Quota system to replace lottery system for family reunification
Jamaica To CanadaWednesday, January 09, 2019
Dear Mr Brown:
I really want to sponsor my parents who reside in Jamaica but I have heard that they are not using the lottery system any more. Is this true?
The Government of Canada announced in August that the lottery system for family reunification would be replaced by a quota system later this month, which would admit up to 20,500 parents and grandparents per year. Ample notice is supposed to be given by the Government. However, in the interim, interested applicants should be making preparations.
Parents and grandparents have been thought to strain the public health care system. However, having grandparents around to help new Canadian families look after young children has an economic value of its own.
Please note that in the past there have always been massive backlogs for parent and grandparent sponsorship. In the past, the annual quota has been filled within hours. To address the issue a random lottery system was created, which was criticised for being unfair as it is alleged to be based on the Government being too short-staffed to process all of the applications. However, the Government rejected the suggestion that a lack of manpower dictates the application quotas, saying the number of immigrants Canada accepts each year is based on the annual immigration levels plan.
The policy change is in response to the negative feedback regarding the lottery system. There was backlash from Canadian sponsors who wished to file for their parents, and who were frustrated by a lottery system that was perceived as:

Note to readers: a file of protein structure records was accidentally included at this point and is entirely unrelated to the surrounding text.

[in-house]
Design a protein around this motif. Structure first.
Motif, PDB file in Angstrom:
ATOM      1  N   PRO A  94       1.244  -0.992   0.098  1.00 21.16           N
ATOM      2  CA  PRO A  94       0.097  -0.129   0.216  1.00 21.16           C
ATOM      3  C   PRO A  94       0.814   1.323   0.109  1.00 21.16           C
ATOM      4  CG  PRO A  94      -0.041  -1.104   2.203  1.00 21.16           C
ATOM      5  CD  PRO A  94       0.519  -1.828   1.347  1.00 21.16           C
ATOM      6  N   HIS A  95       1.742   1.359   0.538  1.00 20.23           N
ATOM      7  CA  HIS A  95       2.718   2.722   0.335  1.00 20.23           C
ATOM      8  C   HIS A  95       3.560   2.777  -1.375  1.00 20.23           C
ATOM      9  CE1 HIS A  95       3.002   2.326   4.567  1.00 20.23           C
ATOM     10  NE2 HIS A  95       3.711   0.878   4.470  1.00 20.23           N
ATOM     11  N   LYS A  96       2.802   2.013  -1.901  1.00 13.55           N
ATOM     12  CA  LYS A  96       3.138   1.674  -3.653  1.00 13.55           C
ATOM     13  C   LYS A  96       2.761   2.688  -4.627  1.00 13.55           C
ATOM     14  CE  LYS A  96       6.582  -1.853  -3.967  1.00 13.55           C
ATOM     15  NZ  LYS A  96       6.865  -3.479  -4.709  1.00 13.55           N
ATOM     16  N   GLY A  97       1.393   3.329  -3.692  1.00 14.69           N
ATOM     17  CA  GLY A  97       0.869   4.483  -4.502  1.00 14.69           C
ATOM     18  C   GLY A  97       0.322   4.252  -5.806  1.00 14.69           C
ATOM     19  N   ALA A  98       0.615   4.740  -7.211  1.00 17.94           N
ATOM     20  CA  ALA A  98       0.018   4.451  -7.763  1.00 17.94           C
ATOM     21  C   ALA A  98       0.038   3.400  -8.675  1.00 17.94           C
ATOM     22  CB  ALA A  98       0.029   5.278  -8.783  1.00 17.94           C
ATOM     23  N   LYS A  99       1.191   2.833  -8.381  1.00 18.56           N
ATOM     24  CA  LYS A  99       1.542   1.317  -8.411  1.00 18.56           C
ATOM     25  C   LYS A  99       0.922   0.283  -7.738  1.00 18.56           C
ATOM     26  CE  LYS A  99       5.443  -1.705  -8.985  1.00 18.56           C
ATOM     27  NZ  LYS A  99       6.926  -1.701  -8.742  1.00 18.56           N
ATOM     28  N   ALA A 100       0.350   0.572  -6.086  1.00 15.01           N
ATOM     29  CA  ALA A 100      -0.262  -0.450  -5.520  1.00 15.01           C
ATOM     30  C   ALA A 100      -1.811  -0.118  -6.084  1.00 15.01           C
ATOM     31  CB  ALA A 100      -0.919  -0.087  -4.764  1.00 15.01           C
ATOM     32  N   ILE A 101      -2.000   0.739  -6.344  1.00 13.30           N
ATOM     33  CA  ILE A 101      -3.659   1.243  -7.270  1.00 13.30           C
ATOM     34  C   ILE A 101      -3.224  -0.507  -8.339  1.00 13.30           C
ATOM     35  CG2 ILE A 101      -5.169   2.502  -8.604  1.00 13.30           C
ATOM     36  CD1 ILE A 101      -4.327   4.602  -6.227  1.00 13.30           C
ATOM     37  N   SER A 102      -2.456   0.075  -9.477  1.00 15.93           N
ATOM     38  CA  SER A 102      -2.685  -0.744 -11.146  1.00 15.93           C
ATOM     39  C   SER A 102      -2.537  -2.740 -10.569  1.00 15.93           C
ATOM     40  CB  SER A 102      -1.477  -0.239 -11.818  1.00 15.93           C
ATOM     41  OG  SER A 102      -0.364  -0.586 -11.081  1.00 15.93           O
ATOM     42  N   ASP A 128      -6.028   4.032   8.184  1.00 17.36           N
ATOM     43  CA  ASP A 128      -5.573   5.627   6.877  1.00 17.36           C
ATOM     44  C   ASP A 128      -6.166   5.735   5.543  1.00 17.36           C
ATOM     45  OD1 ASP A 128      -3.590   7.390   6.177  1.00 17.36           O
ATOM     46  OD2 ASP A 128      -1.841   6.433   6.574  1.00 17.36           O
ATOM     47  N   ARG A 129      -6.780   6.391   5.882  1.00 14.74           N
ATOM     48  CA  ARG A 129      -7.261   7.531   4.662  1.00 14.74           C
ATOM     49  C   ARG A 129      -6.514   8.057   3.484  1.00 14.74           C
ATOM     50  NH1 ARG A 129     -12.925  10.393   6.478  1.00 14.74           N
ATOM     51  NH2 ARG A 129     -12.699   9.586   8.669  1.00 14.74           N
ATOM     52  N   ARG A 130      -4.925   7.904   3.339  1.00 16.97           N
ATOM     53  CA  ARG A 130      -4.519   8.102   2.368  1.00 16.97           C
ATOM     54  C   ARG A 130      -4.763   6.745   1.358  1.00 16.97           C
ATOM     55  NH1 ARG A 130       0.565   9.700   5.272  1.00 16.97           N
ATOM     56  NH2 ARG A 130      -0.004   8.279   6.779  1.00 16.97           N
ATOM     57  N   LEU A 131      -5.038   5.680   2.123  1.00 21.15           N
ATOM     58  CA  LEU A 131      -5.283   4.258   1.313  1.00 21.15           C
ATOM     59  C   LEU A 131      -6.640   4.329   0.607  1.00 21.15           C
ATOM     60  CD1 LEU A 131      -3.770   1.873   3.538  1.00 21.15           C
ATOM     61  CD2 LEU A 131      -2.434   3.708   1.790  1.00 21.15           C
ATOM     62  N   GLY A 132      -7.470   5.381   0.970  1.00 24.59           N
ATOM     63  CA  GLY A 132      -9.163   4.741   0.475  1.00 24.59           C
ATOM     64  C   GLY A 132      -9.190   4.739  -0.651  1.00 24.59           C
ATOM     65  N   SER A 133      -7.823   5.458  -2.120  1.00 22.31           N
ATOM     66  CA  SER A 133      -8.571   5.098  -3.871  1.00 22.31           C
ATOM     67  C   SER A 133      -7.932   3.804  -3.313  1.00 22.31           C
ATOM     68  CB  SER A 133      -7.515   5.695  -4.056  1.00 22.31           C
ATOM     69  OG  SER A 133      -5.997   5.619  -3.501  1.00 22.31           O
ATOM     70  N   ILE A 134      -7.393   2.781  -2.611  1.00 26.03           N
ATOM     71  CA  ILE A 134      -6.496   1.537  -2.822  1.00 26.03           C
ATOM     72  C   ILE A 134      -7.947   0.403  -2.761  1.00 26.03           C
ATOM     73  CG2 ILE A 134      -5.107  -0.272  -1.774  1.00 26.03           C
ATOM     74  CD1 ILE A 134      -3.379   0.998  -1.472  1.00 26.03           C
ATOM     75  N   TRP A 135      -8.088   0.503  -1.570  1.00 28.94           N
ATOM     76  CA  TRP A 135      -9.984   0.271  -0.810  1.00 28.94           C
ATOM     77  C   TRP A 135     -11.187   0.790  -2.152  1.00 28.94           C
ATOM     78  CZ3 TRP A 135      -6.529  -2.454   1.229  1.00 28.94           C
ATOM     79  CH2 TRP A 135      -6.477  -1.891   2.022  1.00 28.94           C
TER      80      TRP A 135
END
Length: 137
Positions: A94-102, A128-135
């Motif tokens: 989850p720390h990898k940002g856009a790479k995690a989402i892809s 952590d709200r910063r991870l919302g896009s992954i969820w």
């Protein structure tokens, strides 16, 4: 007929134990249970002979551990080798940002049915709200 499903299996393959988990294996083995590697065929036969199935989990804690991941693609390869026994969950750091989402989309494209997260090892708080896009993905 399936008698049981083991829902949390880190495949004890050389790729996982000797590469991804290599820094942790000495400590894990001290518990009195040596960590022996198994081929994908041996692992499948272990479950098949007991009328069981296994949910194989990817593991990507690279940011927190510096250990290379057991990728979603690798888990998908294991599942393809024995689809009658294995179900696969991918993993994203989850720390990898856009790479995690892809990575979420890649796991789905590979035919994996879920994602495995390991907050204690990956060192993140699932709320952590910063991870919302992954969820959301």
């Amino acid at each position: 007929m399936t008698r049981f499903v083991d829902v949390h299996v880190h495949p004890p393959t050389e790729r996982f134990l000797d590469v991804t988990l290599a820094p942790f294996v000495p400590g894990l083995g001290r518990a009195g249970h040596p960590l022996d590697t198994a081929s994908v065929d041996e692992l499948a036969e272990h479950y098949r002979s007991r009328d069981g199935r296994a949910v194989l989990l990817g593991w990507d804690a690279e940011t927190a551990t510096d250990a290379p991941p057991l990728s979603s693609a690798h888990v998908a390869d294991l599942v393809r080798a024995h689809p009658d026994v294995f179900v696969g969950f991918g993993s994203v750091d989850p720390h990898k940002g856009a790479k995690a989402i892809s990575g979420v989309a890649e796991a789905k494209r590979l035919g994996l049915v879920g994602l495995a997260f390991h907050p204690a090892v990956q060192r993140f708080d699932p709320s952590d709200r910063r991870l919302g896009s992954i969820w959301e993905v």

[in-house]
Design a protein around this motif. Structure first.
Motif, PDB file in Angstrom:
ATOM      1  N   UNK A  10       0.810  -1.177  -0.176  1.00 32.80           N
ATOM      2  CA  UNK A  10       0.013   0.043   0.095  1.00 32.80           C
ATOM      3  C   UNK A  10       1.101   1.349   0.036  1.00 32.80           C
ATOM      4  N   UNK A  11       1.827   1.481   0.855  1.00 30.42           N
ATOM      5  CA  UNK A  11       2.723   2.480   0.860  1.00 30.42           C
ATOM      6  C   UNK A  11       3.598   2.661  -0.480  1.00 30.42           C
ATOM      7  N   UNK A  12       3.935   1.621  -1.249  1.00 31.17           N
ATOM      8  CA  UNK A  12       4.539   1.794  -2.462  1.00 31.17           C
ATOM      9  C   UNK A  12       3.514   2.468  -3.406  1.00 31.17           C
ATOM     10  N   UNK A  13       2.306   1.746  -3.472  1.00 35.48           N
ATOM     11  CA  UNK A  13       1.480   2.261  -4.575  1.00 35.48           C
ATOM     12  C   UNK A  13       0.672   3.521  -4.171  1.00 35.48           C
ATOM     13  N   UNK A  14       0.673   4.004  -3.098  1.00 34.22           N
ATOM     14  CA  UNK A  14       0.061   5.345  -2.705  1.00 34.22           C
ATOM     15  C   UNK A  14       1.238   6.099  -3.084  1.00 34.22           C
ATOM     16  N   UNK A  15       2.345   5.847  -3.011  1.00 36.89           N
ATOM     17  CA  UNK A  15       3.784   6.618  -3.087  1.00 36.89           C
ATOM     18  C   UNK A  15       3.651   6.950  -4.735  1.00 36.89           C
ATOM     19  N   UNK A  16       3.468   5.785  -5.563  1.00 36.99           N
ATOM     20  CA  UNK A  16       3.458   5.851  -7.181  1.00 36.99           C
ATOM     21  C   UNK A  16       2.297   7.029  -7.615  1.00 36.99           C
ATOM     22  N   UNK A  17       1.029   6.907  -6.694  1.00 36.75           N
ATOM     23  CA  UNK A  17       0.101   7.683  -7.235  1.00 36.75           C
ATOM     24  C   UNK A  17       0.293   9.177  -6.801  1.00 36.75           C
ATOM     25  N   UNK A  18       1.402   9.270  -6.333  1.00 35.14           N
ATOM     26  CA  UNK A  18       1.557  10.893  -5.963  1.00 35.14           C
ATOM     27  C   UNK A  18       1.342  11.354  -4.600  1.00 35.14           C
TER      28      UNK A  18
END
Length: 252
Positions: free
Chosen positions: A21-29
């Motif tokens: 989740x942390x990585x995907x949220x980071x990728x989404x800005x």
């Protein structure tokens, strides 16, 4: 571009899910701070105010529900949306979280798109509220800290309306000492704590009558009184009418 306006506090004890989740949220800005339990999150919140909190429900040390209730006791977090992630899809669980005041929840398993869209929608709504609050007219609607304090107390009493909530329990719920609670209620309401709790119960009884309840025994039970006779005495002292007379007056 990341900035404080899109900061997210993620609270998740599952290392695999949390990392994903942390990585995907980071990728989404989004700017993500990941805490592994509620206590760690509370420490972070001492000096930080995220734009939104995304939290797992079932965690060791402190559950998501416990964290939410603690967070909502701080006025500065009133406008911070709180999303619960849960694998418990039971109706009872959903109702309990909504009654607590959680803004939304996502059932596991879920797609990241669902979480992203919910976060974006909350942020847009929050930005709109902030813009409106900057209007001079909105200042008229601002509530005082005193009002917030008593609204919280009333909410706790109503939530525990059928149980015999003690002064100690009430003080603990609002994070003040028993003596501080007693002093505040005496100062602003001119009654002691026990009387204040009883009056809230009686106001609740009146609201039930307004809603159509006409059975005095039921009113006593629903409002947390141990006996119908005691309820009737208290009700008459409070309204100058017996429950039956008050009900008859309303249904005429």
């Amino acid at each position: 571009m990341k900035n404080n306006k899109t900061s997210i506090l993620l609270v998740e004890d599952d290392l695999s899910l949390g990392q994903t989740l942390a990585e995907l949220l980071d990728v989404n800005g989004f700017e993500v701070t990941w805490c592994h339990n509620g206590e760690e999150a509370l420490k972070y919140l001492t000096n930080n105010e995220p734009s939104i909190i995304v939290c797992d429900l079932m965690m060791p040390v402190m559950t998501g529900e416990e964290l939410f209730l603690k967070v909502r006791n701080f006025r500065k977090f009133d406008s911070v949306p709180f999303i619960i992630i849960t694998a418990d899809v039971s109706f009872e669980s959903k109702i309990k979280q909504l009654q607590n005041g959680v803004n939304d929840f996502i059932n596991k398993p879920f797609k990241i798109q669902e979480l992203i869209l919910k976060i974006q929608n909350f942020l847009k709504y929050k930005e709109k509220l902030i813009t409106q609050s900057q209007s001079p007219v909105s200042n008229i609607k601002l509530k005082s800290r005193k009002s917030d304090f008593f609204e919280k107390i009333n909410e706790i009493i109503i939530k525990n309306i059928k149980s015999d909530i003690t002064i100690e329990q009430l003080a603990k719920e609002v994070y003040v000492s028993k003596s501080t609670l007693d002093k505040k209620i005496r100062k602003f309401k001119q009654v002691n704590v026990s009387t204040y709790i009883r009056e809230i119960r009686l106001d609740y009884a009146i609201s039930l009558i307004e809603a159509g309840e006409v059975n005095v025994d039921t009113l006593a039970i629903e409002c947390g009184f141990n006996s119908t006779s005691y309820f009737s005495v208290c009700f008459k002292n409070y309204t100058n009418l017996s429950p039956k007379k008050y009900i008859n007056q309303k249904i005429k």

• Lacking transparency;
• An unscientific lottery based on luck, used to decide the reunification of loved ones;
• Plagued by fake or ineligible and multiple entries;
• Underfunded, considering that Canada brings in tens of thousands of refugees.
The requirements to be a sponsor for parents and grandparents include:
• Being 18 years of age or older;
• Being a Canadian citizen, registered Indian, or permanent resident;
• Sponsoring a member defined under the family class;
• Living in Canada;
• Signing an unconditional undertaking promising to provide for the basic requirements of the person being sponsored;
• Signing an agreement with your parent(s) that confirms that each of you understands your mutual obligations and responsibilities; and
• Proving sufficient income to provide the basic requirements for family members in Canada as well as the sponsored parent(s)/grandparent(s), whether as a single person or with a co-signer, if applicable (ie spouse or common-law partner).
Please visit JAMAICA2CANADA.COM for additional information on Canadian permanent residence programmes, including Express Entry, the Study & Work programme, visas or appeals, etc.
Antonn Brown, BA, (Hons), LLB, MSc, RCIC, is an immigration counsel and an accredited Canadian education agent of JAMAICA2CANADA.COM—a Canadian immigration & education firm in Kingston. Send questions/comments to firstname.lastname@example.org .
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